4. Reading, reading, reading: I’ve read some great books this winter, one for book club coming up next week and several simply for enjoyment. Actually, all the books I read are for enjoyment. Here’s where I want to mention that I love reading books from local authors and Canadian authors in general. We have a lot of talent in this country. I’ve some great local books coming up on my reading list. Hugh R. MacDonald and his novel Us and Them the sequel to his book Trapper Boy. Meghan Marentette’s The Stowaways , Shatterproof by Jocelyn Shipley and Keeper of the Light by Janet Barkhouse. Maybe you’ll have time to check out some of these great reads.

5. Treadmill: Yup. I’ve been faithfully working out this winter. Okay, so we all know that treadmills are like THE most BORING thing on the face of the earth after the first two minutes, but I’ve got a little secret. I read while I’m walking the miles. Yes, I do. Many people say they just can’t do it. These same people can’t read while riding in a vehicle. I can do both. Lucky me. No complaints here.

6. Snowshoeing: I’ve been making an effort to get out there when the weather’s good which hasn’t been all that often this past week. (Nope, that’s not a complaint…just stating facts.) The good news is next week’s forecast is looking up.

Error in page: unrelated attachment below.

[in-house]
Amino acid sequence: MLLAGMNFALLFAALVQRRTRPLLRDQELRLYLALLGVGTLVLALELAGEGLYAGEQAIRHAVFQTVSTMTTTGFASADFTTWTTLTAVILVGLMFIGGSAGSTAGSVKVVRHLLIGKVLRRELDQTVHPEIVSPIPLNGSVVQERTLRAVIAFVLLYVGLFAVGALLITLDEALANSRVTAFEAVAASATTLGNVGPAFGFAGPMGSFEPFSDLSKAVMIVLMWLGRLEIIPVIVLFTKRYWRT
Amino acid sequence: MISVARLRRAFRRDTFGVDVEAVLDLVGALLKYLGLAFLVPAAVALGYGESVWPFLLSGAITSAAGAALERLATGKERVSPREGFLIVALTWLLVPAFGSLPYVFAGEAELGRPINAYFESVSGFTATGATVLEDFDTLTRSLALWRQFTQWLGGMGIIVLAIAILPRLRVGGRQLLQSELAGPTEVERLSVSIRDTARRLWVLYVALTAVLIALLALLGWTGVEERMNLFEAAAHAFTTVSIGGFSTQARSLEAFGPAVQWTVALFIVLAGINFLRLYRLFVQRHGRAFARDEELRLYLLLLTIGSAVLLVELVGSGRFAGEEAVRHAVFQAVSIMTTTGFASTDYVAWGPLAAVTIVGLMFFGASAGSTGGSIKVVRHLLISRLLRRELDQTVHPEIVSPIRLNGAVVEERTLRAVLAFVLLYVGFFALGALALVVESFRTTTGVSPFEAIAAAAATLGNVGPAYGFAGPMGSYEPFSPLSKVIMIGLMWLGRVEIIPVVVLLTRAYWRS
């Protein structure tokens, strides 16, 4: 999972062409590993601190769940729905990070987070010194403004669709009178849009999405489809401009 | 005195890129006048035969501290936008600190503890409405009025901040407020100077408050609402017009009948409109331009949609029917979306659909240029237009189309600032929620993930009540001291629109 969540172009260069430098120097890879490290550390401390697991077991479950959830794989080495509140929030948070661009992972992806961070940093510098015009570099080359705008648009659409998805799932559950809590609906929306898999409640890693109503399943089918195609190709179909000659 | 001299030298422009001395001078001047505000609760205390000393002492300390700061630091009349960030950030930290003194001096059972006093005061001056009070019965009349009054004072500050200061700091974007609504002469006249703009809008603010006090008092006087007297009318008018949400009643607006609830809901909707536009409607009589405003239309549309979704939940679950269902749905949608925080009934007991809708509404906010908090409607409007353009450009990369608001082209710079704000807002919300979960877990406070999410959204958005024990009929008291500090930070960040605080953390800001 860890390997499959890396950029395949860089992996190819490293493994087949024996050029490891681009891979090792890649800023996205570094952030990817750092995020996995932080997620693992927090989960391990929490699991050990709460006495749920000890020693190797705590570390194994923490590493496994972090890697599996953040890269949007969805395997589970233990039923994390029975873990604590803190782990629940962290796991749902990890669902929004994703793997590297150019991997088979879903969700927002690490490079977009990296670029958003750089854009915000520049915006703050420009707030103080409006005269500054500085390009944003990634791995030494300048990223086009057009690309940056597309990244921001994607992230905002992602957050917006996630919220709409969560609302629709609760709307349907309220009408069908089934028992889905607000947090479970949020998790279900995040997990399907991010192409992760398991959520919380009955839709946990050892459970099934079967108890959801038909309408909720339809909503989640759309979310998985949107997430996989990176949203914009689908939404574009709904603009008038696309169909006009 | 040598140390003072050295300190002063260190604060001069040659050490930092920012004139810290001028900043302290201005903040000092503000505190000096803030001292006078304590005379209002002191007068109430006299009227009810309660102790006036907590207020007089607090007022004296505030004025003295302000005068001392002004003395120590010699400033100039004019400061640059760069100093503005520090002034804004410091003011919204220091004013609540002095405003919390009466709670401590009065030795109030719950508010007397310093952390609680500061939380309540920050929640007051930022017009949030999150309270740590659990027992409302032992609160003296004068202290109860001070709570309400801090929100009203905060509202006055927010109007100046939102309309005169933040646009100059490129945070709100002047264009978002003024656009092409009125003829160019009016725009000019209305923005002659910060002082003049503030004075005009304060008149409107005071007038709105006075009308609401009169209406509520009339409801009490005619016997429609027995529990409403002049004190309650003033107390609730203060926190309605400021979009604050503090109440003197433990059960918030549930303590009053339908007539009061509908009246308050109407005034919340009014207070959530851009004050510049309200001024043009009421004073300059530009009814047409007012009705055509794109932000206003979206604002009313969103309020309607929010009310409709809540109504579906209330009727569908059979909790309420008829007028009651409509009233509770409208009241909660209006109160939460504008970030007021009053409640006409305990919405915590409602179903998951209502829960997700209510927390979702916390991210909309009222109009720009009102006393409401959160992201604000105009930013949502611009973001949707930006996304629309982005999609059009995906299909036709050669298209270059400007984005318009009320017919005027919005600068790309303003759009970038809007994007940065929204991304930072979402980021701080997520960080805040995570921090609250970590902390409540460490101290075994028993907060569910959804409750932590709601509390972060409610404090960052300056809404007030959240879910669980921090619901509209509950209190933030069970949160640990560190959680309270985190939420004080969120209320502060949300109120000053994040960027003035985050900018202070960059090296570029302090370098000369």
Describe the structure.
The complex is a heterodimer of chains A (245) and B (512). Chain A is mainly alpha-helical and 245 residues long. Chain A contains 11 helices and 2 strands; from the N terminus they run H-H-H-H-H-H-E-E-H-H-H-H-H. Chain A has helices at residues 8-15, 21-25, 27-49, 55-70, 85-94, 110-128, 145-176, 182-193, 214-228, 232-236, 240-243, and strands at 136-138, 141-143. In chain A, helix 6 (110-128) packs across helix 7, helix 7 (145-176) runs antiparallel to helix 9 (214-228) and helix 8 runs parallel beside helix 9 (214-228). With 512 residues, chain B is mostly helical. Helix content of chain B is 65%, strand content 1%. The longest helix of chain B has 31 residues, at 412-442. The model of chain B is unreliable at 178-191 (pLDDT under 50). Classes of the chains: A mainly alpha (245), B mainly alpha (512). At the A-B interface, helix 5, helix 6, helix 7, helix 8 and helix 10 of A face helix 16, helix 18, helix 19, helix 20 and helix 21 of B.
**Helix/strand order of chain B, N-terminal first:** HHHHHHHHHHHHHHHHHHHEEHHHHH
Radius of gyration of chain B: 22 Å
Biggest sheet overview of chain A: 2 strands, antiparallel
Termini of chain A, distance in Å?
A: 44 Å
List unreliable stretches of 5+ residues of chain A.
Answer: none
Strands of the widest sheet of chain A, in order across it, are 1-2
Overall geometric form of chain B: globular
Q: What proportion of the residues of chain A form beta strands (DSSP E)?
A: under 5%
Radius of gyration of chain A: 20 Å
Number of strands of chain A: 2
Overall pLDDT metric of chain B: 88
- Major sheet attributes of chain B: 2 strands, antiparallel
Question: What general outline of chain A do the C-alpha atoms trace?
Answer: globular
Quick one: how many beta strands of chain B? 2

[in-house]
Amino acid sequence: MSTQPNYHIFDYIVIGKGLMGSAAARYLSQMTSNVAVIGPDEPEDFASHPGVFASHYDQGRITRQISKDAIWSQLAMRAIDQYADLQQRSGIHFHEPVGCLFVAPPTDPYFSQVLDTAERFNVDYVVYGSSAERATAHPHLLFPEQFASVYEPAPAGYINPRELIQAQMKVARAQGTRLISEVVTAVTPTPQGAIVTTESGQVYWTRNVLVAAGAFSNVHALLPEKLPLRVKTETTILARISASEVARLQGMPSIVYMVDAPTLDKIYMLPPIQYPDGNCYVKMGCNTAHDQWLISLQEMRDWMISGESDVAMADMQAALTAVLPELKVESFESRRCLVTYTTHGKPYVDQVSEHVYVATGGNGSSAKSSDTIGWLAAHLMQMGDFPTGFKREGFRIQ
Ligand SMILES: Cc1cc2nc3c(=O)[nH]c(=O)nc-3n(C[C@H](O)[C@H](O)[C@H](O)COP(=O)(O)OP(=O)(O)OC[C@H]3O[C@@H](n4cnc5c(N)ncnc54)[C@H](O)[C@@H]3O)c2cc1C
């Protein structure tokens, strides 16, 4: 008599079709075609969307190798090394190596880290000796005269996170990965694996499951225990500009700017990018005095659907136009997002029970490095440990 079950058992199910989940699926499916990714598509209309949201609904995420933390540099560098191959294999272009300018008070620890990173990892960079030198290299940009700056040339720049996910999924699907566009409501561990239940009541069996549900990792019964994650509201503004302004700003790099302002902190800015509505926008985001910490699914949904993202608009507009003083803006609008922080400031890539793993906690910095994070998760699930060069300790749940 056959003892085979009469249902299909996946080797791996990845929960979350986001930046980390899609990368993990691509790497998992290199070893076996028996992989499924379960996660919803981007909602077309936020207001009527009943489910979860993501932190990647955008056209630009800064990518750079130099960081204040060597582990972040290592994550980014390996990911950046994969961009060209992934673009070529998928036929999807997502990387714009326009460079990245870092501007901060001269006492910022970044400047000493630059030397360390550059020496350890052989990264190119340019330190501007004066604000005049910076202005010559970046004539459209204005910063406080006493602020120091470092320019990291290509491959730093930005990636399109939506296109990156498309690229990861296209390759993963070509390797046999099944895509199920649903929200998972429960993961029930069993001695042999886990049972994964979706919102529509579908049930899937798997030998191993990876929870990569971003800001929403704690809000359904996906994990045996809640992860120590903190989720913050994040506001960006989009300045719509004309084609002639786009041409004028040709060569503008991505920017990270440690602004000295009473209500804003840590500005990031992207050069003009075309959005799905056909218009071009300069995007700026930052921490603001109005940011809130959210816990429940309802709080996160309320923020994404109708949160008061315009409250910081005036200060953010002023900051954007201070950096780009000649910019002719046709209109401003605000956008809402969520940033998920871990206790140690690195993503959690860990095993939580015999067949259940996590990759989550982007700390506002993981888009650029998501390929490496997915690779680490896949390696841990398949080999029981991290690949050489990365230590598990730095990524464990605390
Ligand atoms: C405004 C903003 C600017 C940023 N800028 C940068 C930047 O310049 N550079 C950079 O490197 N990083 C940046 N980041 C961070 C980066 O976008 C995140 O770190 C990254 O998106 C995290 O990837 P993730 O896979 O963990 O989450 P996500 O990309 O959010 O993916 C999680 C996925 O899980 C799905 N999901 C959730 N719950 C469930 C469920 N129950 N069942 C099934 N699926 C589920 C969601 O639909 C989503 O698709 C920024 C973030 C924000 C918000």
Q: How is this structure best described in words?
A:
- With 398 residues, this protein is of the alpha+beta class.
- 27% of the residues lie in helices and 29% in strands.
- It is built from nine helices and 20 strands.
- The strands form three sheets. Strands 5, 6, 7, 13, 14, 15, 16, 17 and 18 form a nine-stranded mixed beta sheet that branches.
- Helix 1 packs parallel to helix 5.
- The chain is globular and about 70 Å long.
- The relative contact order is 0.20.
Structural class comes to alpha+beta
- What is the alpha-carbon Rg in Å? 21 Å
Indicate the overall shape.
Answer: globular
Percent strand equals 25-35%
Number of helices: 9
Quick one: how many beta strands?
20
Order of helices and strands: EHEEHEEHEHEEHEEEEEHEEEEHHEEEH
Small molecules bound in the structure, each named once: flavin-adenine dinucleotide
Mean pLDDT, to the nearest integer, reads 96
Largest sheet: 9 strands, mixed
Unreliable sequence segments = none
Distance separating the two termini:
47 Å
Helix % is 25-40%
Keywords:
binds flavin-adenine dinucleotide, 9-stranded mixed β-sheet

7. Gourmet Cooking: Haha! Not really. That one was actually for my kids if they happen to be reading. I figure they could do with the belly laugh after the snowy week we just had.

8. Snow racing: Admit it, this one sounds impressive. Snowracing—whizzing down the slopes, wind on my face, sun in my eye, the taste of freedom on my lips. Here’s the real scoop: when our grandson came for a visit a few weeks back, Guppy and I each took some turns on the Snowracer. (Sorry no photos as proof.) First time ever for me; not sure about Guppy. Oh, the things we do for grandkids.

9. Join the circus: Surprised ? Me too. This winter watching the news has been like having a front row seat at the circus. I’m not looking to get into any political debates here, but daggum it’s been interesting to say the least. All the juggling of news and fake news, people walking a very tight rope, a pretty sad bunch of clowns making us laugh and cry. Yes, indeed, there has been a lot of interesting acts taking place under the big top this winter. Every night there seems to be a new attraction added to the show. I wait in anticipation. All that’s required is for me to bring my own popcorn and drinks…lots of drinks.

So there you have it, my positive approach to this snowy Nova Scotia weather. While I may not love the mounds of snow we’ve been getting I’m doing what I can to keep from complaining about the things I can’t change.